Anyways...so we could see an EML plume that's like from 700-600mb but the 700-500mb lapse rate alone may not properly portray that? 

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2 minutes ago, weatherwiz said:

It's funny you mention this because I've been thinking about this and I wonder if my thinking was incorrect. I thought that EML's did originate aloft like at the 10,000' to 18,000' level (but then again isn't that like the surface for the source regions of EML's?)

Anyways...so we could see an EML plume that's like from 700-600mb but the 700-500mb lapse rate alone may not properly portray that? 

Like check the ABQ 12z sounding from today. What we would consider the EML is actually just their mixed layer from the day before.

Gradually that moves east, and as elevation drops it gets higher in the atmosphere. And convective overturning dissipates the magnitude some as well. Obviously the deeper the EML the better for the Northeast, but yes, you could see a chunk only 100 mb deep leftover by the time it reaches here (which gets very hard to ID as remnant EML).

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Just now, OceanStWx said:

Like check the ABQ 12z sounding from today. What we would consider the EML is actually just their mixed layer from the day before.

Gradually that moves east, and as elevation drops it gets higher in the atmosphere. And convective overturning dissipates the magnitude some as well. Obviously the deeper the EML the better for the Northeast, but yes, you could see a chunk only 100 mb deep leftover by the time it reaches here (which gets very hard to ID as remnant EML).

This is so helpful! I've tried to search a bit more on EML's since I never truly understood how to explain the origin of them. I'm also going to do a presentation on this event at our Tristate weather conference in the fall and wanted to briefly explain EML origin and this totally helps.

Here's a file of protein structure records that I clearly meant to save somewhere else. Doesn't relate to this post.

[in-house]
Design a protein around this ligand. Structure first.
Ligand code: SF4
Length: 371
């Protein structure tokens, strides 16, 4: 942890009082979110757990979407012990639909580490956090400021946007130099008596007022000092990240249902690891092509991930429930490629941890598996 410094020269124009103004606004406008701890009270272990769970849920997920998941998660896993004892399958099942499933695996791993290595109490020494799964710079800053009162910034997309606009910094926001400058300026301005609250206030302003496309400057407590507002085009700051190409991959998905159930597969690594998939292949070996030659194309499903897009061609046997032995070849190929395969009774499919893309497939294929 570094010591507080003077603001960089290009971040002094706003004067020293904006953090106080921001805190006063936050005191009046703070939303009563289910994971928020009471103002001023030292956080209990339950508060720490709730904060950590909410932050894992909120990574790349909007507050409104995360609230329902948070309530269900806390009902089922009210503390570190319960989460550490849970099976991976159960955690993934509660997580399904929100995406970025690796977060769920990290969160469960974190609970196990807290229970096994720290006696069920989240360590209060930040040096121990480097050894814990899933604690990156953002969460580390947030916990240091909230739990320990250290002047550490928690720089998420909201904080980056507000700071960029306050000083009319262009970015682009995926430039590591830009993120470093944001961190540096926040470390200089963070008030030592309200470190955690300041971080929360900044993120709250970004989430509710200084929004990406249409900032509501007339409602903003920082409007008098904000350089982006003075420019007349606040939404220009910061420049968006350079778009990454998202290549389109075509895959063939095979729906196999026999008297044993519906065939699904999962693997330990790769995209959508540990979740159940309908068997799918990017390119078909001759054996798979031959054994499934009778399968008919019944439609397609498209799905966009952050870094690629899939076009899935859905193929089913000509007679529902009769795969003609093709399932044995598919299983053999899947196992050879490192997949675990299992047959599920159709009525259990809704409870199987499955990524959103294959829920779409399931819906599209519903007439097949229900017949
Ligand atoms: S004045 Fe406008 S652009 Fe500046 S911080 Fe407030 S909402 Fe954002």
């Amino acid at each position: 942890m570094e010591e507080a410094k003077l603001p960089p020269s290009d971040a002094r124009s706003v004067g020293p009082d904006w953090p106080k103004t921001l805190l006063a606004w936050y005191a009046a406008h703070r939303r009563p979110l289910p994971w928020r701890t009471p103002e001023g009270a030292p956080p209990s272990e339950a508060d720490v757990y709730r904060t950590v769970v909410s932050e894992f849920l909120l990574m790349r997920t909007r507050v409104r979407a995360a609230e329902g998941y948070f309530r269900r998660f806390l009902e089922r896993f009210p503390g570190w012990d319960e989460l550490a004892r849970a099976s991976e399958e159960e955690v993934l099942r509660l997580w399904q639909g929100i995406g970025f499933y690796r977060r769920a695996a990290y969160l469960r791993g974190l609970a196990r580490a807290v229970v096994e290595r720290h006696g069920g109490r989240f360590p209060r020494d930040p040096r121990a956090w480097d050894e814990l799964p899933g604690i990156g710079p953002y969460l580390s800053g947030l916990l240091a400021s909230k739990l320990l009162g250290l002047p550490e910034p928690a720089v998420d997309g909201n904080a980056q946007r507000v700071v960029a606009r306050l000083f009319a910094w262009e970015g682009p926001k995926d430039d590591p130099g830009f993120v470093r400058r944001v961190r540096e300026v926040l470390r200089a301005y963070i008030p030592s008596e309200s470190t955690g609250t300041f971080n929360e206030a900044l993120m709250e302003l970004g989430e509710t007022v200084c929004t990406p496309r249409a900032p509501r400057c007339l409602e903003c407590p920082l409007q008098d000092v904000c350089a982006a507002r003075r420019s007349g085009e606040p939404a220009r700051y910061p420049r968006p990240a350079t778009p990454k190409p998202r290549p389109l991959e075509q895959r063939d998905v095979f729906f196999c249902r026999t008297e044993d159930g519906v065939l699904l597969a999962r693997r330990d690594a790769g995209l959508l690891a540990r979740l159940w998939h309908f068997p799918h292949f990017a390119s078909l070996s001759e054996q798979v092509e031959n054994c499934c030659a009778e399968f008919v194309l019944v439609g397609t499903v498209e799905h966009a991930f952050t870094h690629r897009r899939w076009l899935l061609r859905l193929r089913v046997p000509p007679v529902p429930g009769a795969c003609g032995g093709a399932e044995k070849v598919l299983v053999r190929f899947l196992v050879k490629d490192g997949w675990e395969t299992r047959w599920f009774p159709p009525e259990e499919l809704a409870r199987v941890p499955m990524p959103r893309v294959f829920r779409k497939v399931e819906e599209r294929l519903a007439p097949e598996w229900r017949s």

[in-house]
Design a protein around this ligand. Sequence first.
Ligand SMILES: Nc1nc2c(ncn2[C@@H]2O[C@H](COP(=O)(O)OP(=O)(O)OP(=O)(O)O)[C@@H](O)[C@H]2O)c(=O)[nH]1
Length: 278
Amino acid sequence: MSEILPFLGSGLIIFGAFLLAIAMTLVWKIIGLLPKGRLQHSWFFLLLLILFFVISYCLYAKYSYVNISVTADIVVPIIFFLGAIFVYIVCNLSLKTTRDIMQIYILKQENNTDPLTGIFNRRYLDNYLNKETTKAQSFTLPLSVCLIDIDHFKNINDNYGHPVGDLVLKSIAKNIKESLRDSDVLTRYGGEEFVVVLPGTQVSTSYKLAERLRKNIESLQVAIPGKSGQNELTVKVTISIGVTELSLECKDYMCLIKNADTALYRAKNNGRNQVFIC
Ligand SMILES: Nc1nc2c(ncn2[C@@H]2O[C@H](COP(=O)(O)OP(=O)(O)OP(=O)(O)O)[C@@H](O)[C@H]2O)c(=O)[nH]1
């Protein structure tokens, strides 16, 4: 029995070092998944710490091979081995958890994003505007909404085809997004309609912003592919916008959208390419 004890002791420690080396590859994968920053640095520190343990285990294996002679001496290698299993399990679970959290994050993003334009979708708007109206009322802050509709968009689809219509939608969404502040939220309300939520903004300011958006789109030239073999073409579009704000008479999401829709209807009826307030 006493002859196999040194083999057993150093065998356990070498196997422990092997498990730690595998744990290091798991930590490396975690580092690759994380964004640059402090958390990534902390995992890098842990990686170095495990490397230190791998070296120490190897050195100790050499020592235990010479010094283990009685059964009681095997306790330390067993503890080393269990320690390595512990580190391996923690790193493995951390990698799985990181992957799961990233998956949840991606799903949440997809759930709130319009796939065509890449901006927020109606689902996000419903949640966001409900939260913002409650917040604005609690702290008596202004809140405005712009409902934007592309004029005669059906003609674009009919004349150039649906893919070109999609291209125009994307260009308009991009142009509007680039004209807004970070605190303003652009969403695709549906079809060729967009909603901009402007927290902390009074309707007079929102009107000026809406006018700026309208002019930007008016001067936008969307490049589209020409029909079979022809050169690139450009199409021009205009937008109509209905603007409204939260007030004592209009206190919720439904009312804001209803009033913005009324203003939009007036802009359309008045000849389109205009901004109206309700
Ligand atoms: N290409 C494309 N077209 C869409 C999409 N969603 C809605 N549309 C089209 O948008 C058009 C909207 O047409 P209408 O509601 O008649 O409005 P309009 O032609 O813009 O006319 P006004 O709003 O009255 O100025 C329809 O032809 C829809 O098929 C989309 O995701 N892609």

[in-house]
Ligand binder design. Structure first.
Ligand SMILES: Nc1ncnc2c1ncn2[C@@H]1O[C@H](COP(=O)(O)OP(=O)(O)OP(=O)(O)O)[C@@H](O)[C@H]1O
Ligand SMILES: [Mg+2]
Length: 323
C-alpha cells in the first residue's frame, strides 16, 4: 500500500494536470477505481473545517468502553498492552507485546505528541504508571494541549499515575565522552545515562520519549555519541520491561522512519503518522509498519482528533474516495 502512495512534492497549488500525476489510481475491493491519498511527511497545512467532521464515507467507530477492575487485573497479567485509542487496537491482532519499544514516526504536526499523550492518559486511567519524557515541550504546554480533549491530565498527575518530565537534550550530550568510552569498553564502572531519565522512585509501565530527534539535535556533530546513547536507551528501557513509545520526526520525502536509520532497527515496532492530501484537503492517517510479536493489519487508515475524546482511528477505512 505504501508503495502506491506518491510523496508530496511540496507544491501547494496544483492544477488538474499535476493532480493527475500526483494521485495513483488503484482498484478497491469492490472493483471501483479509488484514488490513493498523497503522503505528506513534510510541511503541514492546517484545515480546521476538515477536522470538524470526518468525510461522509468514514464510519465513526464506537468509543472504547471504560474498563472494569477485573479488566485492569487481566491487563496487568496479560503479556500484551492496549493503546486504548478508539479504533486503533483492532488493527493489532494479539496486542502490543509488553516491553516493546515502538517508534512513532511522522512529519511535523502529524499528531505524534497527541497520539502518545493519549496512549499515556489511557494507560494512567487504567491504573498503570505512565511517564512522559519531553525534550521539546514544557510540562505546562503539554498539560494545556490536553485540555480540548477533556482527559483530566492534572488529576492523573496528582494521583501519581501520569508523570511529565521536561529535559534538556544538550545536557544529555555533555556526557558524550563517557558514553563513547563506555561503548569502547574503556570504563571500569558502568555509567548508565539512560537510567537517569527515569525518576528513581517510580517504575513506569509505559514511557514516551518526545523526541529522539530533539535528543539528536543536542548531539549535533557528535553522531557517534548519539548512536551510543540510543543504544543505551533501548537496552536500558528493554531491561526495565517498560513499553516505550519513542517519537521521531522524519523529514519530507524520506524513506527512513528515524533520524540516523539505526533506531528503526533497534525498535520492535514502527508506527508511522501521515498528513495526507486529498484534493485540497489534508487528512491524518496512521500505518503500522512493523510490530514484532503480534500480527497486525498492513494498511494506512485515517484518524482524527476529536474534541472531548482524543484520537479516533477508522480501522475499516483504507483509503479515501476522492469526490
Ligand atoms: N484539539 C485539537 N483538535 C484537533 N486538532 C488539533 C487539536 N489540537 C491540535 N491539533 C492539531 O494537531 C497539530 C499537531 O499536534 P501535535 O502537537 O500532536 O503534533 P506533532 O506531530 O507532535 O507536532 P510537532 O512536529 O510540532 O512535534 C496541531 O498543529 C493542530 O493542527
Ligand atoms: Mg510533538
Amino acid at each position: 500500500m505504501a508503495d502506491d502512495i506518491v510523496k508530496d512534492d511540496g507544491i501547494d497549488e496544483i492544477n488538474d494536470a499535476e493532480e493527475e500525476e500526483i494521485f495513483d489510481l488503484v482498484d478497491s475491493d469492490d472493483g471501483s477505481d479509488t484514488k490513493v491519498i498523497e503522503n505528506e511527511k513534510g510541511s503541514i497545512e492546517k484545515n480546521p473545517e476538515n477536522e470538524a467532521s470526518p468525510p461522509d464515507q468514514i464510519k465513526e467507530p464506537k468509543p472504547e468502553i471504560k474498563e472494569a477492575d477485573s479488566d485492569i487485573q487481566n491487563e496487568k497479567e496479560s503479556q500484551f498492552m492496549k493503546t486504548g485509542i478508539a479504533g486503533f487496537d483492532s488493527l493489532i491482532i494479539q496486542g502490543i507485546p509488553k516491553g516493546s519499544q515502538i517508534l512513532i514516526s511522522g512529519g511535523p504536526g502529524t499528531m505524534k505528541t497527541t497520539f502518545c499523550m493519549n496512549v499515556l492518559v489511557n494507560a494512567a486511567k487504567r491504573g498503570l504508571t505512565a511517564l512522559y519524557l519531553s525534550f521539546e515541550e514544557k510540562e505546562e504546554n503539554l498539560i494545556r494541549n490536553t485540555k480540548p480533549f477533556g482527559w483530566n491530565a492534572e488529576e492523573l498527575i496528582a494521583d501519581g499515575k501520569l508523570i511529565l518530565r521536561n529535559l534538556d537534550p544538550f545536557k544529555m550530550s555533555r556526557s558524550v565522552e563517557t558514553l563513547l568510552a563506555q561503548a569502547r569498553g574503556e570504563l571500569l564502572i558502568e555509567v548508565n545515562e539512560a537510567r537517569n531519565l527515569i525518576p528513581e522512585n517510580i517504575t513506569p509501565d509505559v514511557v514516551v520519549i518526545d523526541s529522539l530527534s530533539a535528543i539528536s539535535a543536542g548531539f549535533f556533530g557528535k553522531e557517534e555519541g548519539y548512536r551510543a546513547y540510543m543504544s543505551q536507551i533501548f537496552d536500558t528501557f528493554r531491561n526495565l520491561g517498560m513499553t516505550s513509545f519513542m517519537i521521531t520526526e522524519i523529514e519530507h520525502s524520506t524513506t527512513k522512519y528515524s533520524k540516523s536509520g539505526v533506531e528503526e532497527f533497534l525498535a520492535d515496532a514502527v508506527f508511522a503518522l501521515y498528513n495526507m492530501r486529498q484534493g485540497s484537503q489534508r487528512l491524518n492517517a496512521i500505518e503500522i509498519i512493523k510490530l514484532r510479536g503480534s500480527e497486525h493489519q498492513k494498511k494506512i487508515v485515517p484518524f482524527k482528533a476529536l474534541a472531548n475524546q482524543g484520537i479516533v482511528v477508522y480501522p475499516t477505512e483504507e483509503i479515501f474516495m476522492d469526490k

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57 minutes ago, weatherwiz said:

This is so helpful! I've tried to search a bit more on EML's since I never truly understood how to explain the origin of them. I'm also going to do a presentation on this event at our Tristate weather conference in the fall and wanted to briefly explain EML origin and this totally helps. 

This dude might be able to help

https://journals.ametsoc.org/doi/abs/10.1175/2010WAF2222363.1

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5 hours ago, weatherwiz said:

Friends house in Newtown 

3A3C0546-F036-4461-8AB2-316D75D2246B.thumb.jpeg.f0c13570ab3f04a449ccdd6893e83a5d.jpegD9285C34-6865-4275-94D2-65609127BADC.thumb.jpeg.1357366bbba8dd9ff4d1df7bdb376dfb.jpeg

It is definitely true and higher end when these storm events hit the more populated areas of New England.  Sucks that your friend had that come through his roof.  I look at that and think we've had some high end wind damage events that may look similar over the past year up north, but it's one thing to have so many people affected vs. up here they are still cleaning up the mountain bike trails.  Woods vs. residential...the impact difference is staggering.